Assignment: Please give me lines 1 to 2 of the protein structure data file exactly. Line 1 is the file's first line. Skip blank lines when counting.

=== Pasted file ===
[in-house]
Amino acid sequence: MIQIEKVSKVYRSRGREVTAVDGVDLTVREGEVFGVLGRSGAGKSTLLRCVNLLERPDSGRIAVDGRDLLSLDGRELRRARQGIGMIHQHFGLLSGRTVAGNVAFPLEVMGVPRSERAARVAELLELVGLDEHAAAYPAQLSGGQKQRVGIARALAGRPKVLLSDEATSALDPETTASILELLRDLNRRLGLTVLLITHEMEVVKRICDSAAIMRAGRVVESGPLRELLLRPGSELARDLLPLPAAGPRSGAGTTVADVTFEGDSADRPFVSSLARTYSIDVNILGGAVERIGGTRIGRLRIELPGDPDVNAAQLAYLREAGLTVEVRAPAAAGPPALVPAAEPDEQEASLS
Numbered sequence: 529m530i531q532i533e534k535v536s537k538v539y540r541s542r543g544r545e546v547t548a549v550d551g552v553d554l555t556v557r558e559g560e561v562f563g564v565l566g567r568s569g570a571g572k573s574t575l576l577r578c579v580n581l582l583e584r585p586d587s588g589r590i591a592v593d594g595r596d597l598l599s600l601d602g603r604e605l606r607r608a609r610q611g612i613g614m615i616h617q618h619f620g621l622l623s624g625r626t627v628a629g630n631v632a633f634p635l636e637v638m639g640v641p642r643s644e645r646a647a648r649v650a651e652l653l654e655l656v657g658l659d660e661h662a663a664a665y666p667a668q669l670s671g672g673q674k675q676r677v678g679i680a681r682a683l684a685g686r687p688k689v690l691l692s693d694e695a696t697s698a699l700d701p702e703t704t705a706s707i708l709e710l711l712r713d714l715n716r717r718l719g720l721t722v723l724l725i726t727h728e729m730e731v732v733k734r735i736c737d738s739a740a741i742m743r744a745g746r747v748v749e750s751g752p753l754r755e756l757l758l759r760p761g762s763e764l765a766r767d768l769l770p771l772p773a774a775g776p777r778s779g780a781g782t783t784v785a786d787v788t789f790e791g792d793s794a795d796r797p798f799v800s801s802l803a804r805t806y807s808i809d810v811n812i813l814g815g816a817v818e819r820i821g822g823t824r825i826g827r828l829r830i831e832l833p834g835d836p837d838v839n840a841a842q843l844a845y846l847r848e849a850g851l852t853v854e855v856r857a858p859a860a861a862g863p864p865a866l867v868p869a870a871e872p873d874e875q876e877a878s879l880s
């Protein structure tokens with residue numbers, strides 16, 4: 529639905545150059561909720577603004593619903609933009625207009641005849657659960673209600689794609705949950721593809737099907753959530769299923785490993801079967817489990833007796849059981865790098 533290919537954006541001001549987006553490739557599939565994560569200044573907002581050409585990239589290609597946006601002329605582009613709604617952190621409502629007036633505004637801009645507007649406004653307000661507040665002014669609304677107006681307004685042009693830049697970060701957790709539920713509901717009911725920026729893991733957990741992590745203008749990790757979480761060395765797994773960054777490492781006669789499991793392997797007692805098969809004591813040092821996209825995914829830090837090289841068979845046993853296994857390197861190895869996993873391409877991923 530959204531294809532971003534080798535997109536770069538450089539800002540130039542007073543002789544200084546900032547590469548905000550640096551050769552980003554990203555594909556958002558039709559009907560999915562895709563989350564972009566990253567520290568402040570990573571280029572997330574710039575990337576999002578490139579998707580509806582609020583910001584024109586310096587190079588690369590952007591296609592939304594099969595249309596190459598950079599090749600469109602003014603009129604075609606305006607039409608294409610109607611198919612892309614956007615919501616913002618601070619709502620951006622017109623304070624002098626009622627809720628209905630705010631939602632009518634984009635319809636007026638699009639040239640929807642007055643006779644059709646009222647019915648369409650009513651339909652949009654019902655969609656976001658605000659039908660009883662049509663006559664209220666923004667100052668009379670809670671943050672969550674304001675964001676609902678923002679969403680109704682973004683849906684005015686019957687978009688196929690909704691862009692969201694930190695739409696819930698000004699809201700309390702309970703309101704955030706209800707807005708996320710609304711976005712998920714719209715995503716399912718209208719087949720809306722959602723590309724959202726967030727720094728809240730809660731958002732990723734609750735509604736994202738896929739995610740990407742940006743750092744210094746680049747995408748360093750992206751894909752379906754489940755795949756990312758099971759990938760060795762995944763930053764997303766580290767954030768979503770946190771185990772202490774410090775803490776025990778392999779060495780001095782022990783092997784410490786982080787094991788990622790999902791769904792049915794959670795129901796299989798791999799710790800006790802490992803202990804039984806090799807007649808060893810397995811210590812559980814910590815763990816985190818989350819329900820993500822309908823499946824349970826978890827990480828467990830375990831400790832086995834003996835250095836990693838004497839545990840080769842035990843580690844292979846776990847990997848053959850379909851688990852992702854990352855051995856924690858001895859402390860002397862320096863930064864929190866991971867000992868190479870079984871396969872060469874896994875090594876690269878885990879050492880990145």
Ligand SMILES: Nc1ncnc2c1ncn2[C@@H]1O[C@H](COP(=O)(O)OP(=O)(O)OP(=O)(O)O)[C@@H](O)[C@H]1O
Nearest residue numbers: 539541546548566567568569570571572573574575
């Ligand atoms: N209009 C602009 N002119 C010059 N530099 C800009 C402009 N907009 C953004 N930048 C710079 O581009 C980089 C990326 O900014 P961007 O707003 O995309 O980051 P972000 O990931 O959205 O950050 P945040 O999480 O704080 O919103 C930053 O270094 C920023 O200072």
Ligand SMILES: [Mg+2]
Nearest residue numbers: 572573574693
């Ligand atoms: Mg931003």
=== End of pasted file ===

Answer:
[in-house]
Amino acid sequence: MIQIEKVSKVYRSRGREVTAVDGVDLTVREGEVFGVLGRSGAGKSTLLRCVNLLERPDSGRIAVDGRDLLSLDGRELRRARQGIGMIHQHFGLLSGRTVAGNVAFPLEVMGVPRSERAARVAELLELVGLDEHAAAYPAQLSGGQKQRVGIARALAGRPKVLLSDEATSALDPETTASILELLRDLNRRLGLTVLLITHEMEVVKRICDSAAIMRAGRVVESGPLRELLLRPGSELARDLLPLPAAGPRSGAGTTVADVTFEGDSADRPFVSSLARTYSIDVNILGGAVERIGGTRIGRLRIELPGDPDVNAAQLAYLREAGLTVEVRAPAAAGPPALVPAAEPDEQEASLS